Deployment and Usage of a CLR Stored Procedure

Once we have setup our environment properly, written the code we are wanting to deploy, and decided how we are going to handle code security for SQL CLR, the remaining steps are very straightforward.  Unless we are referencing other libraries that are not part of .NET, but that will be discussed in detail later.

Problem with the master database

Before we deploy, there is one error that you may run into on Visual Studio 2010, if you attempt to deploy your code directly to the “master” database.  If when you deploy to master, you receive the following error in the “Build” Output:

Deploy error SQL01268: .Net SqlClient Data Provider: Msg 15657, Level 16, State 1, Procedure sp_db_vardecimal_storage_format, Line 65 Vardecimal storage format is not available in system database 'master'.

This is due to the deploy script attempting to enable the vardecimal storage format on master, but you cannot perform this action in master. So, to work around this problem, you will either have to deploy to a different database, or you can implement a new “Database Project” that references your SQL Server CLR Object.  This process is described in detail on MSDN, so I will not repeat it.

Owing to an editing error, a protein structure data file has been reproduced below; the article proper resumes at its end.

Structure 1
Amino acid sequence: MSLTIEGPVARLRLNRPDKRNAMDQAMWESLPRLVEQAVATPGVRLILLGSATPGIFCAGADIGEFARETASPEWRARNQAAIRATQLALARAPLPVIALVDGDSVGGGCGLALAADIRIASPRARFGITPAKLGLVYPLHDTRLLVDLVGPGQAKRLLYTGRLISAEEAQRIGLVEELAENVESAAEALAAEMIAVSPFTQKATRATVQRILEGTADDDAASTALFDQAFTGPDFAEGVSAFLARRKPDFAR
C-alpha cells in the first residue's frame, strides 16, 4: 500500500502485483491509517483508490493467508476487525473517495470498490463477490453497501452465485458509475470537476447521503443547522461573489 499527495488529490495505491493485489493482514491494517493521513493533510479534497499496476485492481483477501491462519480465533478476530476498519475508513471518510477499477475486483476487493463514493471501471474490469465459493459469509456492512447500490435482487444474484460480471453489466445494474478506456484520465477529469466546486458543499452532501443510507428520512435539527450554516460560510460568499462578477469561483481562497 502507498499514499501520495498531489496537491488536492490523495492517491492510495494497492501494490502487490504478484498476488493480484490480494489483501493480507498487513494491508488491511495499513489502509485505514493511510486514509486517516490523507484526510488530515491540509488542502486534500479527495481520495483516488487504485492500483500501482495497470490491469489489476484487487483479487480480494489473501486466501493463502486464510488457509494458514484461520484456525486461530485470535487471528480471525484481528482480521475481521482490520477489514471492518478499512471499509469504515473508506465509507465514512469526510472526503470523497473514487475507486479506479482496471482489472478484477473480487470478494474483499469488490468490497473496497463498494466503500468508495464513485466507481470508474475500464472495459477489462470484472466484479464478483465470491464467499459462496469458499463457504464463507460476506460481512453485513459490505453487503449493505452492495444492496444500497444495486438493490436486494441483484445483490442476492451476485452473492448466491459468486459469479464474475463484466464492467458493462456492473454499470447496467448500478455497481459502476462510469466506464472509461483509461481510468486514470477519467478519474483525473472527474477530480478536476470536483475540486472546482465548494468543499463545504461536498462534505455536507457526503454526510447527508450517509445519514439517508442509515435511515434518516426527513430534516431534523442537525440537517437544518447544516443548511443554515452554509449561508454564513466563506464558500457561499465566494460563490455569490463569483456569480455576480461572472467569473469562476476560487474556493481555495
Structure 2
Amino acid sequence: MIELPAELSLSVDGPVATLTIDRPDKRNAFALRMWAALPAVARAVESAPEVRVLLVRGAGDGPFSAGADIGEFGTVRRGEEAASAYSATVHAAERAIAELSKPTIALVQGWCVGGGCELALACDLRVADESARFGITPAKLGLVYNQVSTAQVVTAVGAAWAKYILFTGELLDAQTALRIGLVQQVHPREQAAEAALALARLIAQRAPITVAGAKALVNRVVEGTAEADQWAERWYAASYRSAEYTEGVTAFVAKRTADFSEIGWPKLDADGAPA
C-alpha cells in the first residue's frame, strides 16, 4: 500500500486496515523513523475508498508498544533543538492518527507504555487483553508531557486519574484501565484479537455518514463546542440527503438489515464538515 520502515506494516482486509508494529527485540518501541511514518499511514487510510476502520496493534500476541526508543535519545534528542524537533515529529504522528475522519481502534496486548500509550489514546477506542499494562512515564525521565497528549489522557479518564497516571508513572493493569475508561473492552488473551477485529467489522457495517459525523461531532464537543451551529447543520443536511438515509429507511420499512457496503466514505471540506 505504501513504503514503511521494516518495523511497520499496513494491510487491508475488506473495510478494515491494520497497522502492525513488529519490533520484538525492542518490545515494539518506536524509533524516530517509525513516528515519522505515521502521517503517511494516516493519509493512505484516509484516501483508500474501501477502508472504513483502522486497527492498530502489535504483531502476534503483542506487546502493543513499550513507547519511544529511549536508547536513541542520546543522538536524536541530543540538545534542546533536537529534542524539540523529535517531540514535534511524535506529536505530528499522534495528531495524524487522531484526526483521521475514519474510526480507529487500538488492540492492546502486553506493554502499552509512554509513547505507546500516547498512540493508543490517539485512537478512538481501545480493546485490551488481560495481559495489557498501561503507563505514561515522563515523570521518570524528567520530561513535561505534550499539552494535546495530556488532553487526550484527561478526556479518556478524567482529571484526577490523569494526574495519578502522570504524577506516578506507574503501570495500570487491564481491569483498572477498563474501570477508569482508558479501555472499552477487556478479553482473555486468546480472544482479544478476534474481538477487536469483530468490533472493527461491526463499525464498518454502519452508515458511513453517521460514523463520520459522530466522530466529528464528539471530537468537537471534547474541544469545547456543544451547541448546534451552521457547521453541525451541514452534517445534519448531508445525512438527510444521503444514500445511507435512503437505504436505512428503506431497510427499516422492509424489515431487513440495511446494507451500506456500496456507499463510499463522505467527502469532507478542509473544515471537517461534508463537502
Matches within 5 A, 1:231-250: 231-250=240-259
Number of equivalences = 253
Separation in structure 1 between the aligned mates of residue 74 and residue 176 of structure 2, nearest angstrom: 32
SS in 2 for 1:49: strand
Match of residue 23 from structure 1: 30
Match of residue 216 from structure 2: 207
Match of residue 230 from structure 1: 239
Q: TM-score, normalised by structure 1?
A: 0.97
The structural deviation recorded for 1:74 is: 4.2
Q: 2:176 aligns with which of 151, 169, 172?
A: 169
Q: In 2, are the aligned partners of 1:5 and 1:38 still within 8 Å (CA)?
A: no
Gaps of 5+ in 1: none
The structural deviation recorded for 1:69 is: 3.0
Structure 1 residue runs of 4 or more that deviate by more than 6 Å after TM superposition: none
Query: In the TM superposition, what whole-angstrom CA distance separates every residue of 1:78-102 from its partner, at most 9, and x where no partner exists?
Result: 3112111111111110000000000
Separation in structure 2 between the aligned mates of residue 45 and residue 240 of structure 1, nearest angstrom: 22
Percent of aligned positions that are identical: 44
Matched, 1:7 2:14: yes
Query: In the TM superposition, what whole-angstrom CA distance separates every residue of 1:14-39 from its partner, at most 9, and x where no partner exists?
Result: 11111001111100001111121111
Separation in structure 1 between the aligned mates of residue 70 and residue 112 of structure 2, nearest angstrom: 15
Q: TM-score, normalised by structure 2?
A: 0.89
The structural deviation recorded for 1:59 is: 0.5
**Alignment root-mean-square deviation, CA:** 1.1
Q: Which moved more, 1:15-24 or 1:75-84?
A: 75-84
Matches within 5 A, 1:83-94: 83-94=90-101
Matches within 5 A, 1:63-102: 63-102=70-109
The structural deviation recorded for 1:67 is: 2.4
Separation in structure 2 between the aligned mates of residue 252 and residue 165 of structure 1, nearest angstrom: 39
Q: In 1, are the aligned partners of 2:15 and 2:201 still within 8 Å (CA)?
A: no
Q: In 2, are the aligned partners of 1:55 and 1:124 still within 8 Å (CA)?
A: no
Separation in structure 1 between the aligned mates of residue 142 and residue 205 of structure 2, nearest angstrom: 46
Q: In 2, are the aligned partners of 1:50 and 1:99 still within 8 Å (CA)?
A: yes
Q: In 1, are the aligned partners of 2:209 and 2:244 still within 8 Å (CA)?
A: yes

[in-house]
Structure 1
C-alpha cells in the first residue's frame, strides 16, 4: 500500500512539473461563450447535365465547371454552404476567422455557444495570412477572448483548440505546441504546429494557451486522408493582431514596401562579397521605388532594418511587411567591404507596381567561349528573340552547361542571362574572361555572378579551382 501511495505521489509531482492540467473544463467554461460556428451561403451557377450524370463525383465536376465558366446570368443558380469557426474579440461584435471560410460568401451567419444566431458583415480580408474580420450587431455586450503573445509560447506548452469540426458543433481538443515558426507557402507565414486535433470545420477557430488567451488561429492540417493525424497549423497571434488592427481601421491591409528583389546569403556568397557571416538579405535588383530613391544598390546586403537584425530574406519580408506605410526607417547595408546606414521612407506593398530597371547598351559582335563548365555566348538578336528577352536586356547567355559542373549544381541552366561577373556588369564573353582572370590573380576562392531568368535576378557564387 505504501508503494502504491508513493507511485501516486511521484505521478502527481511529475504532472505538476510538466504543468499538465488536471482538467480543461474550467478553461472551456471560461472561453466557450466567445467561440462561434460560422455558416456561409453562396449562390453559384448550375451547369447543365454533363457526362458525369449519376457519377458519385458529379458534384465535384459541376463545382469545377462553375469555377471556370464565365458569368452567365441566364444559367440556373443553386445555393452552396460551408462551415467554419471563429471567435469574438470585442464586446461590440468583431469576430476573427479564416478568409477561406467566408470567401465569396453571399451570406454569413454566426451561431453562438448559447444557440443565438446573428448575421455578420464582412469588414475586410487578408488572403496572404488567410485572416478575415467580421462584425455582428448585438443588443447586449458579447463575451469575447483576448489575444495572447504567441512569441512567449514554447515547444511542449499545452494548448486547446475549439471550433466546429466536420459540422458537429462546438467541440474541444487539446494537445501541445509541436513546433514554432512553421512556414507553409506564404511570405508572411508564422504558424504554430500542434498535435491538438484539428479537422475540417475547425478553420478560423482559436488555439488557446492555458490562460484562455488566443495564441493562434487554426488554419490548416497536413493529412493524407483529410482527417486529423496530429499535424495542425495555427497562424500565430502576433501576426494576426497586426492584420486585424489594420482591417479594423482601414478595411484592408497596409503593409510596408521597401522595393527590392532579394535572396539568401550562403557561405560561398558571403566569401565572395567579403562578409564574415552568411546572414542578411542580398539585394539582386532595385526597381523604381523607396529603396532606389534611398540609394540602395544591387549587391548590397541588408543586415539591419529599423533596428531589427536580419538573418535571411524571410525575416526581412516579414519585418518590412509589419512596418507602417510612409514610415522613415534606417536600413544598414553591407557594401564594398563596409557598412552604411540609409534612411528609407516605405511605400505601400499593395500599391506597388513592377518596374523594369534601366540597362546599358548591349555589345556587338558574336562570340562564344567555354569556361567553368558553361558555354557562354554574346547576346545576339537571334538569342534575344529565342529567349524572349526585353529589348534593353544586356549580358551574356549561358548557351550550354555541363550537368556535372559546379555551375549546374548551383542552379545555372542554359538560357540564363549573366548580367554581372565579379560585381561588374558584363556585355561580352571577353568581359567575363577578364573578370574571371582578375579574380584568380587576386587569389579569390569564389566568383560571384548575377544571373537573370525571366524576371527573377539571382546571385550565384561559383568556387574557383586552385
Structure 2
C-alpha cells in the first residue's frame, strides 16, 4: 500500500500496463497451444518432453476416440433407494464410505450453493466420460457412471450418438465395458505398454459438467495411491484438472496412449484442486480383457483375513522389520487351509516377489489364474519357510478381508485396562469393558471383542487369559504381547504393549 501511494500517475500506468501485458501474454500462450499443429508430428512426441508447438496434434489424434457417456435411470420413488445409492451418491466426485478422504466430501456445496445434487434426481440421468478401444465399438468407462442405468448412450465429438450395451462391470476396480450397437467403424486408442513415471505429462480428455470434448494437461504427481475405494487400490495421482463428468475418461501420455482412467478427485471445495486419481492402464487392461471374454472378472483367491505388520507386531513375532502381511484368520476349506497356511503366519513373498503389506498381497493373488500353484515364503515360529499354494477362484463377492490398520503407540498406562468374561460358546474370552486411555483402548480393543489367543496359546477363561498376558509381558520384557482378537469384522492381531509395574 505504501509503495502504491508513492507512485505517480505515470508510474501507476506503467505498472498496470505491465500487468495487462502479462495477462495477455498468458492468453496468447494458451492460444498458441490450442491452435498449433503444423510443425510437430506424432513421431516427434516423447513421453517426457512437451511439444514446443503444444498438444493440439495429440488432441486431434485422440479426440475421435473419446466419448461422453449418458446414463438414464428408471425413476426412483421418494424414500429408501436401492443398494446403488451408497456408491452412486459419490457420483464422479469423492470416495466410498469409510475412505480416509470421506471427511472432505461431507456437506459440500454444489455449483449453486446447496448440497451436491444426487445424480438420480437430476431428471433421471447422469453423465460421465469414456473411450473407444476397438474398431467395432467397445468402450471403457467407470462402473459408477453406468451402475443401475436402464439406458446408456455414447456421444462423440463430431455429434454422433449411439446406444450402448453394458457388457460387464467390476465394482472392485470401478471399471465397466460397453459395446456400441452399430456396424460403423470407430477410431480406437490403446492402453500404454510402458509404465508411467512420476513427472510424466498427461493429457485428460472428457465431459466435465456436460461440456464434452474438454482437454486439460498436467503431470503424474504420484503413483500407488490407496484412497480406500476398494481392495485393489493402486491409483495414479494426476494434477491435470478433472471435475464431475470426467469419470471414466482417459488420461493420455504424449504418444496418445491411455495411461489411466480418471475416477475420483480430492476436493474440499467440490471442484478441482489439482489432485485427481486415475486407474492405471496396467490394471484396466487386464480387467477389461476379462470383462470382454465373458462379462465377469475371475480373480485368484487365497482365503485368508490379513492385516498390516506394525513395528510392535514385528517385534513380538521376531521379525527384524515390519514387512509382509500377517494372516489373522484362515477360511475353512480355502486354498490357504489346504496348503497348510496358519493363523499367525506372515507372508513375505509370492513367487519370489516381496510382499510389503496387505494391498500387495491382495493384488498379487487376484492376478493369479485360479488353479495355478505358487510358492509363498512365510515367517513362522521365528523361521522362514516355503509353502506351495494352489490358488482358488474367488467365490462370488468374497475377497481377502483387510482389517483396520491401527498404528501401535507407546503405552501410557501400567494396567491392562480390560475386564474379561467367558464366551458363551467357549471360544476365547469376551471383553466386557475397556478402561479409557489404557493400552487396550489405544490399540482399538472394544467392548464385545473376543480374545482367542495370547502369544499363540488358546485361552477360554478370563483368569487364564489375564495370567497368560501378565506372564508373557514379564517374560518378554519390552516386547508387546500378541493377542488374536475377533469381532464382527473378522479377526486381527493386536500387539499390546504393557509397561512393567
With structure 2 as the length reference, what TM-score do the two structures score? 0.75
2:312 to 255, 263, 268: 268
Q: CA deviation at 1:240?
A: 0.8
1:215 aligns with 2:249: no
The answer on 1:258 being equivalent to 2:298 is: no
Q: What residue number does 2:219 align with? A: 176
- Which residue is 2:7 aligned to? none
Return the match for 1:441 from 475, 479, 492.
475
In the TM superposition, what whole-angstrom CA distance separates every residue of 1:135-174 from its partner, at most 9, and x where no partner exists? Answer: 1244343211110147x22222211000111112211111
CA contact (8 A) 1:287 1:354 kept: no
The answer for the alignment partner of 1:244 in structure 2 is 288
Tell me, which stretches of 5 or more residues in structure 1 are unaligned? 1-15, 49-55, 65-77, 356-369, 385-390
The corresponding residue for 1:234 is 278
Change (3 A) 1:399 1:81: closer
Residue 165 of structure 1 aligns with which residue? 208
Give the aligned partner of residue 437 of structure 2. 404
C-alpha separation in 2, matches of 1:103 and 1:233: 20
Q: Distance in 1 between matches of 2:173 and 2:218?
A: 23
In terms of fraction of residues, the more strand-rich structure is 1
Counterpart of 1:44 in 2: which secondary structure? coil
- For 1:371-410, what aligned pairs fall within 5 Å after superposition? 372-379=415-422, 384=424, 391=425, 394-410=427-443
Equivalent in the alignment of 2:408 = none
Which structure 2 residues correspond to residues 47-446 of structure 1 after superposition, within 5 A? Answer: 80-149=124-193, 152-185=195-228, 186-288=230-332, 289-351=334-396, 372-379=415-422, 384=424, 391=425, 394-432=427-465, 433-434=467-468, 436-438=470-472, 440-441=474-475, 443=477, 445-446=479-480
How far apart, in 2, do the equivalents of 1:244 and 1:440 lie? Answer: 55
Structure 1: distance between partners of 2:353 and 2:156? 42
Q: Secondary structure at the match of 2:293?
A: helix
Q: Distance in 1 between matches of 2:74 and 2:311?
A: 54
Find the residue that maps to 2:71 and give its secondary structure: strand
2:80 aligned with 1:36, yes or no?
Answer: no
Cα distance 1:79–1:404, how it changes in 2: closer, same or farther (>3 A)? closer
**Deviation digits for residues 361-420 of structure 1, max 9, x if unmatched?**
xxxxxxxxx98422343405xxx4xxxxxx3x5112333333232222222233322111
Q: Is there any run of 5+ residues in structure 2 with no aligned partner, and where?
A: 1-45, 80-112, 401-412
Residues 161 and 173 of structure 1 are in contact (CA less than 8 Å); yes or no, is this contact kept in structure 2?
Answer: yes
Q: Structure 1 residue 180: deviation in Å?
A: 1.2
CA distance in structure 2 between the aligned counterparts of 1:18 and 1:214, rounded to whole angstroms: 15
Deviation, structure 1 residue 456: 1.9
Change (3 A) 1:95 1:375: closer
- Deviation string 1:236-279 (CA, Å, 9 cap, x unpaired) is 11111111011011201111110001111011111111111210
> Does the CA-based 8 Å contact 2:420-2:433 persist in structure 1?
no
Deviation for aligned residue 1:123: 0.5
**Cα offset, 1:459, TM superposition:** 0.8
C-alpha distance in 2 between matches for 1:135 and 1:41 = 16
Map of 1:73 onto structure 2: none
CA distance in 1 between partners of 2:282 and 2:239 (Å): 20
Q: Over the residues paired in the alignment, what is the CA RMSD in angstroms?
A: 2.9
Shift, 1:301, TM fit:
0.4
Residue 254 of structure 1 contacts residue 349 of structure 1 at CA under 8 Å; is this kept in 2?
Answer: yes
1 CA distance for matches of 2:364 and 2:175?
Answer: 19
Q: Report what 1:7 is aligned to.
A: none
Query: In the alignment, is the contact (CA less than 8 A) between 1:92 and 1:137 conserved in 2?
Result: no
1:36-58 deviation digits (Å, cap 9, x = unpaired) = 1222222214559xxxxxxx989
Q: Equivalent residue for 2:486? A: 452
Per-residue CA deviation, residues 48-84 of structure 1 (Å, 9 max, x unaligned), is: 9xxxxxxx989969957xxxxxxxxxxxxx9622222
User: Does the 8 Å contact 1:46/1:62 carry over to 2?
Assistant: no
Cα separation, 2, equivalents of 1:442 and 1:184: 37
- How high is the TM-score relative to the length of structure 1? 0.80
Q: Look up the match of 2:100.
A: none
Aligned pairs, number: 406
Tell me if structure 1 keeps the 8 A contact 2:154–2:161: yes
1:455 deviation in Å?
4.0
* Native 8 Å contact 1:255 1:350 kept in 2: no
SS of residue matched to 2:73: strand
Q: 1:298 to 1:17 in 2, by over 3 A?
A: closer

Deploy Your Code

If you have .NET setup properly, all you have to do to deploy your code is right-click on the project in Solution Explorer and click “Deploy”.  If you haven’t already built your code, it will build (compile) it before deploying the code to SQL Server:

Deploy Project

 

 

 

 

 

 

 

 

 

 

 

 

You should be able to see the results of your deployment in the “Output” pane within Visual Studio. Toward the end of this output, hopefully you will see something like:

Build succeeded.

Time Elapsed 00:00:06.84
========== Build: 1 succeeded or up-to-date, 0 failed, 0 skipped ==========
========== Deploy: 1 succeeded, 0 failed, 0 skipped ==========

Testing Your Code

At this point, your SQL CLR stored procedure should be deployed and ready to use on your SQL Server database.  Connect to SQL Server through SSMS and connect to the database to which you deployed your code.

I have created a very simple Test that you can use to test your code:

DECLARE @isMatched	BIT,
		@pattern	VARCHAR(256) = '([A-Za-z0-9\-]+)',
		@testString	VARCHAR(256) = 'some text string'
 
EXEC @isMatched = RegExTestMatch @pattern, @testString
 
SELECT @isMatched
 
SET @pattern = '([0-9\-]+)'
 
EXEC @isMatched = RegExTestMatch @pattern, @testString
 
SELECT @isMatched

Assuming that you get no errors, the first Execution should return a “1” because the test String matches the Regular Expression. The second Execution should return a “0” because the test String does not match the Regular Expression defined.

I will be adding some more complex objects soon, but in the meantime, I hope that this short tutorial gives you an insight into how SQL CLR can improve your environment.


This post is part of a series of blog posts entitled SQL CLR: An Introduction, the other posts are as follows:

  1. The Origination and Uses of SQL CLR
  2. Infrastructure Requirements and Configuration
  3. Writing a Simple CLR Stored Procedure
  4. Security and Signing
  5. Deployment and Usage
  6. Table-Valued Functions and Other SQL CLR (Coming Soon)
  7. Incorporating Existing Libraries (Coming Soon)

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